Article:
Run by Greg Gurenlian, Chris Mattes and Jerry Ragonese, the second annual Faceoff Academy surpassed expectations for just about everybody involved, combining on-field instruction, recruiting education and the much anticipated bracket play on Sunday. Nearly 150 face-off specialists from both established hotbeds and non-hotbeds from all over the country made the trip to northern New Jersey to learn the tricks of the trade from the MLL’s wizards, be seen by top college coaches and compete for coveted national championships on Sunday.
In the end, it was Rutgers-bound senior Paul Rasimowicz (Immaculata, N.J. ) who came out victorious as the National Champion, winning the 2015 bracket then knocking off the other respective champions to take home the high honor and a swank gear package.
The champions and semifinalists in the other age groups were as follows:
2015: Paul Rasimowicz (Immaculata, N.J. / Transition Lacrosse – Rutgers) over Will Beecham (Roswell, Ga. / LB3); Semifinalists – Michael Pellegrino (Ridge, N.J. / Ridge Futures) and Nolan Little (Downingtown East, Pa. / Twist – Hartford)
2016: Peyton Smith (Athens Drive, N.C. / Tar Heel – Marist) over Isaac Avon (Damascus, Md. / Lax Factory); Semifinalists – Jack Cash (Westfield, N.J. / Leading Edge – Providence) and Tyler Hugo (Bernards, N.J. / NJLC)
2017: Kyle Prouty (New Egypt, N.J. / Leading Edge – Princeton) over Justin Shockey (Landon, Md. / Blackwolf); Semifinalists – Brian Hanley (Delbarton, N.J. / BBL) and Michael Abizaid (Landon, Md. / VLC)
2018: Jordan Ginder (Poly Prep, N.Y. / Team 91) over Zac Tucci (Bedford, N.H. / NH Tomahawks) – Semifinalists – Nicholas Rowlett (Robinson, Va. / VLC) and Clayton Baker (Ravenscroft, N.C. / Carolina Cannons)
2019 & 2020: Considering they’re not yet in my wheelhouse, I shied away from watching any middle schoolers, however Gavin Tygh ’19 (Dukes HHH) and Andrew McAdorey ’20 (Team 91) won their age groups and have bright futures.
The event drew coaches from schools from power conferences like the Big East, ACC and the Ivy League to join the paid staff for the weekend, taking it as an opportunity to not only evaluate the wealth of uncommitted talents, but revolutionize the way they coach face-offs to their Division I teams.
Coaches I spoke to at length all raved about what Greg, Jerry and Chris – who emphasize the “face-off athlete” term rather than FOGO” – have done for the advancement of face-off men and their adjustment to the new college rules. It’s definitely a niche type of culture, which was evident throughout the weekend at the SuperDome in Waldwick, NJ. There have always been comparisons between drawmen and wrestlers and there’s no doubt that Sunday’s competition had the vibe of a high school wrestling tournament, serving as déjà vu for me after spending much of my youth’s attending my father’s matches during his time as a coach in the MIAA.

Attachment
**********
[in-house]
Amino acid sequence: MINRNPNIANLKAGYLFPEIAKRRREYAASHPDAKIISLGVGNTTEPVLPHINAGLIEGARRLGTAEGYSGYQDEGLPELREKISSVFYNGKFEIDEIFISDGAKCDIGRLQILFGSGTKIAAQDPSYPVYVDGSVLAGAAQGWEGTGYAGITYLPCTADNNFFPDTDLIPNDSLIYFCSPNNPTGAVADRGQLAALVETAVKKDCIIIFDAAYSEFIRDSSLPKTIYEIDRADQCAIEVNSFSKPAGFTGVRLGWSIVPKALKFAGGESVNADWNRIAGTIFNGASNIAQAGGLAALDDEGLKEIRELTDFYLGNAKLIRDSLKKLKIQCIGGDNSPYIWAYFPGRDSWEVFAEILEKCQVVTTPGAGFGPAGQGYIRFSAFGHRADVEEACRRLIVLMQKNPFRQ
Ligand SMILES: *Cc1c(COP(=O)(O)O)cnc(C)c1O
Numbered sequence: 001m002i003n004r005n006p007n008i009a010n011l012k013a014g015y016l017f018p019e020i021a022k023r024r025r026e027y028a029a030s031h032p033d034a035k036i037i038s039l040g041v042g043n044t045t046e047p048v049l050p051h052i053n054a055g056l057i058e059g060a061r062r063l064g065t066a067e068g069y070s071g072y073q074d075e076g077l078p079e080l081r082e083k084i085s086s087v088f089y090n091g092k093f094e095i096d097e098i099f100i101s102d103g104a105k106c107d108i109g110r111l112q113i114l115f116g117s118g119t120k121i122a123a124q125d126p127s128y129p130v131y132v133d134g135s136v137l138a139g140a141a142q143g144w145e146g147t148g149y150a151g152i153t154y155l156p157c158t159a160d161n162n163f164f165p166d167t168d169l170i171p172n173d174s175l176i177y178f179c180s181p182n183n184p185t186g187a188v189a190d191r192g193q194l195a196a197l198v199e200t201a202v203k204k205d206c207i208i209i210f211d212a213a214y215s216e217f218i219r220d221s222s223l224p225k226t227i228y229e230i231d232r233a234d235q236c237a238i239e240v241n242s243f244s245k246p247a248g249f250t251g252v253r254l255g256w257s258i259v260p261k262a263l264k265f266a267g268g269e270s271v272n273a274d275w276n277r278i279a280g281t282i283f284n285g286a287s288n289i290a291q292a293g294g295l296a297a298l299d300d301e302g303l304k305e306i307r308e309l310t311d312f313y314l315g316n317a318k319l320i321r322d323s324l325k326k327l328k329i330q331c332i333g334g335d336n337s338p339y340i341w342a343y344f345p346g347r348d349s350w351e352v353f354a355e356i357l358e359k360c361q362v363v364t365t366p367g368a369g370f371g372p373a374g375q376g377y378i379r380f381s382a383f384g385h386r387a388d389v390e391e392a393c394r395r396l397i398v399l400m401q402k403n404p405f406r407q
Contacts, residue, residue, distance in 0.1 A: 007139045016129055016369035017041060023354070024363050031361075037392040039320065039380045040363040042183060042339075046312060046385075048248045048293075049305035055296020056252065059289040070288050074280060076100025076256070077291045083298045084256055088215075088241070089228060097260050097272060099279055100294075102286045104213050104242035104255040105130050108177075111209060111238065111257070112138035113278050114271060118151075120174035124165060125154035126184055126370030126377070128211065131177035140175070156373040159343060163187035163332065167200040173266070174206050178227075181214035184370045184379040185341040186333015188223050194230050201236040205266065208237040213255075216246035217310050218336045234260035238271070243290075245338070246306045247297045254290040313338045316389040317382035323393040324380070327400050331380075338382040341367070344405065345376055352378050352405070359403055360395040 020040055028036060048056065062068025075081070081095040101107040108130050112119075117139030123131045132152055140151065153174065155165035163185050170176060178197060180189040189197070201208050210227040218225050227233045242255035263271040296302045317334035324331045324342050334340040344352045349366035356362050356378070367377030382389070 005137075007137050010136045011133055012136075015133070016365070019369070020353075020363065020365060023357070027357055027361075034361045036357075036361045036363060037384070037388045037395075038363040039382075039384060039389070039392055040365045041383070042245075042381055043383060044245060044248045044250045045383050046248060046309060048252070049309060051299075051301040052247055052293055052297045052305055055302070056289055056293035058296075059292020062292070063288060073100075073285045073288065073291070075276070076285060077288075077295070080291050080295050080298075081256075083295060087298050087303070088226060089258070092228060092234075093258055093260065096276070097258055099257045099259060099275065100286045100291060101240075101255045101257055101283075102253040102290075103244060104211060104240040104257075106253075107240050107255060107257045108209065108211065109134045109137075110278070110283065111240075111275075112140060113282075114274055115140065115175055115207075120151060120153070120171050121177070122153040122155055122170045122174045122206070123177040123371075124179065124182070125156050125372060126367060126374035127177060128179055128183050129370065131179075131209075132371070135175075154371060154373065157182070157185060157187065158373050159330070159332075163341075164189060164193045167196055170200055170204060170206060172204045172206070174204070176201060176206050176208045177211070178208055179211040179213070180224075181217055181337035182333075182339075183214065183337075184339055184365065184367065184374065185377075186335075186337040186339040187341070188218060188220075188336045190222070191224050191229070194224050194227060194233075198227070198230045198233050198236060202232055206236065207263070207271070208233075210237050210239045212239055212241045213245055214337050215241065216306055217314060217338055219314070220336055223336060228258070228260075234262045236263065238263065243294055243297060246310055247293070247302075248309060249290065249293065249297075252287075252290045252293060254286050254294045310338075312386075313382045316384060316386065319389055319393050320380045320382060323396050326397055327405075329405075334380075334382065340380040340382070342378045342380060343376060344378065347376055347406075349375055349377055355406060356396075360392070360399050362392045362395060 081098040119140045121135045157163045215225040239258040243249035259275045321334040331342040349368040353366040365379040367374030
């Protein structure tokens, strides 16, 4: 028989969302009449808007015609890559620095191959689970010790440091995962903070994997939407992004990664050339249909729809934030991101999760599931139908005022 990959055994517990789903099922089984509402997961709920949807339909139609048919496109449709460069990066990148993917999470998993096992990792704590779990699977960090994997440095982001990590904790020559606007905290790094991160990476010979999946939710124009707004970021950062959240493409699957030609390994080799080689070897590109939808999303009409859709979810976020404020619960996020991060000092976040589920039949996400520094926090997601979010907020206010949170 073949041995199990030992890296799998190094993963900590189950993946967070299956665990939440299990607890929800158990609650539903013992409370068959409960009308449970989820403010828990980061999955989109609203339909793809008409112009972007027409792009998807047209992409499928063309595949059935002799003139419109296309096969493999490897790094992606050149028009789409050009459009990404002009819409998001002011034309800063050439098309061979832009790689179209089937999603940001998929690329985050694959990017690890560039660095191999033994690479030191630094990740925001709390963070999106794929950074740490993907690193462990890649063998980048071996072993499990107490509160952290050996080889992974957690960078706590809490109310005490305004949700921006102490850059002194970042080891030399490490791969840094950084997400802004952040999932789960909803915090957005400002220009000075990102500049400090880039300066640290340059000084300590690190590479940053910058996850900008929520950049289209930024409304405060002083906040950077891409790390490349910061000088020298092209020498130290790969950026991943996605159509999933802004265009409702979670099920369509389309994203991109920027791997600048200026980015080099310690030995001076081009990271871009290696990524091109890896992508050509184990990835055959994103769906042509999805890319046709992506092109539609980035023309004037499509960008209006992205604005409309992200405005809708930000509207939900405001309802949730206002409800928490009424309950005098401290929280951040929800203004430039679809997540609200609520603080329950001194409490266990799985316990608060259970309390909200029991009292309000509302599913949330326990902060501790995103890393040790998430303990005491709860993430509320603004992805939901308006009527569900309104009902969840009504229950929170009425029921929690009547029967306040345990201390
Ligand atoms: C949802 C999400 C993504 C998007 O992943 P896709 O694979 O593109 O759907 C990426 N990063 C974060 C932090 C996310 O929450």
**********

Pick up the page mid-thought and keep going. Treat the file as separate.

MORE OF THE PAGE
I loved the passion and attention to detail that the company’s founders showed for their craft, helping every kid improve leaps and bounds, whether they were committed or not and whether they had previously worked with FOA or were new to the whole thing. In addition, they brought in Penn State’s I’ve dealt with hundreds of people in lacrosse, however these were some of the more committed guys out there, putting in tons of hours throughout the year to help kids on and off the field. That was all clear this weekend and I’m certainly looking forward to being back at another event.
Here are some comments from a few of the bracket winners on the weekend and what The Faceoff Academy has done for them:
“I couldn’t have possibly had any better competition here and I just trained through the fall week after week to prepare for this, expecting the best competition in the country and that’s what I got… I was absolutely nervous this morning with butterflies in my stomach but I buckled down and luckily I was able to pull through…. These guys [at The Faceoff Academy] have done absolutely everything for me. Without them teaching me life skills, face-off skills, classroom skills and everything, I don’t know where I’d be and really couldn’t ask for better mentors.”
–Kyle Prouty, ’17 champion
“When I first came here I was sort of intimidated by all of the competition and all of the kids who are committed, then I realized that all I had to do was what Greg, Jerry and Chris have taught me. I just needed to piece all of those tips together and I would end up doing the best I possibly could and that’s winning my age bracket…. Those guys have stressed not being a face-off man and being a face-off athlete, using your hand speed and body without elbows and without cheating, definitely no cheating!”
–Jordan Ginder, ’18 champion
“It’s been awesome, I’ve been working with them for while after winning one of their first combines last year and also attended their National Showcase last year… I really liked how they worked on the new college rules and it’s going to help me transition to college eventually, I was really excited to be here and learn…. My mindset was just one step at a time, go through my routine and make sure I take my breathes and keep making my way inch by inch… I want to keep working on college rules, it’s a big change but I’ll be able to do it better. Just want to get faster with my feet and hands, get stronger and a little bit bigger and have a great offseason.”
–Peyton Smith, ’16 champion